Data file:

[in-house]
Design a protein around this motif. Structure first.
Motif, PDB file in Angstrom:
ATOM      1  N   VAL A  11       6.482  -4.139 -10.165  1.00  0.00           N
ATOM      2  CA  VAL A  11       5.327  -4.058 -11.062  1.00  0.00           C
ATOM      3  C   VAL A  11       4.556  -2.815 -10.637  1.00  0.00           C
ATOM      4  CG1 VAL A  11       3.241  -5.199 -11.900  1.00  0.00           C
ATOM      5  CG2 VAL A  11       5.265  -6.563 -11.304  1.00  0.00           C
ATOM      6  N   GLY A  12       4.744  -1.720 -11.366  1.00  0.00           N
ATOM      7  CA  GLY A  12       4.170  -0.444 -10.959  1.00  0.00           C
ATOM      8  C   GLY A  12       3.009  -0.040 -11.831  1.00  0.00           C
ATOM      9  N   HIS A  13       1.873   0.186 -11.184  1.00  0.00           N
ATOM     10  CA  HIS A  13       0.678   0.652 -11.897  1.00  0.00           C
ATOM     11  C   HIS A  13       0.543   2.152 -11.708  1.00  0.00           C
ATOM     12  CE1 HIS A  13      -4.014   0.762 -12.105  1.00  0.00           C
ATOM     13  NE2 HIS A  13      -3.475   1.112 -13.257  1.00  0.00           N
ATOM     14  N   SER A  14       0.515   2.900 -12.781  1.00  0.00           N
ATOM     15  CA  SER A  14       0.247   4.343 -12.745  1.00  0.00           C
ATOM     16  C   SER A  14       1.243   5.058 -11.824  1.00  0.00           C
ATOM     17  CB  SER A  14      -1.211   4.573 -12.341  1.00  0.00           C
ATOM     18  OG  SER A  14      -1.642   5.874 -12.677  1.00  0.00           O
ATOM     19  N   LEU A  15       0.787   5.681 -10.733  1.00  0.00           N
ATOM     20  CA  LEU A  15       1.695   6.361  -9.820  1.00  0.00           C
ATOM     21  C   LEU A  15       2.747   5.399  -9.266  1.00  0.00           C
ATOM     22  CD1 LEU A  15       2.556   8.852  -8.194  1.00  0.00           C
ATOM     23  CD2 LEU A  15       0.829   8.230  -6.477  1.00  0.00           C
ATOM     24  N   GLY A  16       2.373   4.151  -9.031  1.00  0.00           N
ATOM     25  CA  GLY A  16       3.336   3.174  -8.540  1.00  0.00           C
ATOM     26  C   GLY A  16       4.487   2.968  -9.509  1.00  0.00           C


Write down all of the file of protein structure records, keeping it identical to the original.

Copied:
[in-house]
Design a protein around this motif. Structure first.
Motif, PDB file in Angstrom:
ATOM      1  N   VAL A  11       6.482  -4.139 -10.165  1.00  0.00           N
ATOM      2  CA  VAL A  11       5.327  -4.058 -11.062  1.00  0.00           C
ATOM      3  C   VAL A  11       4.556  -2.815 -10.637  1.00  0.00           C
ATOM      4  CG1 VAL A  11       3.241  -5.199 -11.900  1.00  0.00           C
ATOM      5  CG2 VAL A  11       5.265  -6.563 -11.304  1.00  0.00           C
ATOM      6  N   GLY A  12       4.744  -1.720 -11.366  1.00  0.00           N
ATOM      7  CA  GLY A  12       4.170  -0.444 -10.959  1.00  0.00           C
ATOM      8  C   GLY A  12       3.009  -0.040 -11.831  1.00  0.00           C
ATOM      9  N   HIS A  13       1.873   0.186 -11.184  1.00  0.00           N
ATOM     10  CA  HIS A  13       0.678   0.652 -11.897  1.00  0.00           C
ATOM     11  C   HIS A  13       0.543   2.152 -11.708  1.00  0.00           C
ATOM     12  CE1 HIS A  13      -4.014   0.762 -12.105  1.00  0.00           C
ATOM     13  NE2 HIS A  13      -3.475   1.112 -13.257  1.00  0.00           N
ATOM     14  N   SER A  14       0.515   2.900 -12.781  1.00  0.00           N
ATOM     15  CA  SER A  14       0.247   4.343 -12.745  1.00  0.00           C
ATOM     16  C   SER A  14       1.243   5.058 -11.824  1.00  0.00           C
ATOM     17  CB  SER A  14      -1.211   4.573 -12.341  1.00  0.00           C
ATOM     18  OG  SER A  14      -1.642   5.874 -12.677  1.00  0.00           O
ATOM     19  N   LEU A  15       0.787   5.681 -10.733  1.00  0.00           N
ATOM     20  CA  LEU A  15       1.695   6.361  -9.820  1.00  0.00           C
ATOM     21  C   LEU A  15       2.747   5.399  -9.266  1.00  0.00           C
ATOM     22  CD1 LEU A  15       2.556   8.852  -8.194  1.00  0.00           C
ATOM     23  CD2 LEU A  15       0.829   8.230  -6.477  1.00  0.00           C
ATOM     24  N   GLY A  16       2.373   4.151  -9.031  1.00  0.00           N
ATOM     25  CA  GLY A  16       3.336   3.174  -8.540  1.00  0.00           C
ATOM     26  C   GLY A  16       4.487   2.968  -9.509  1.00  0.00           C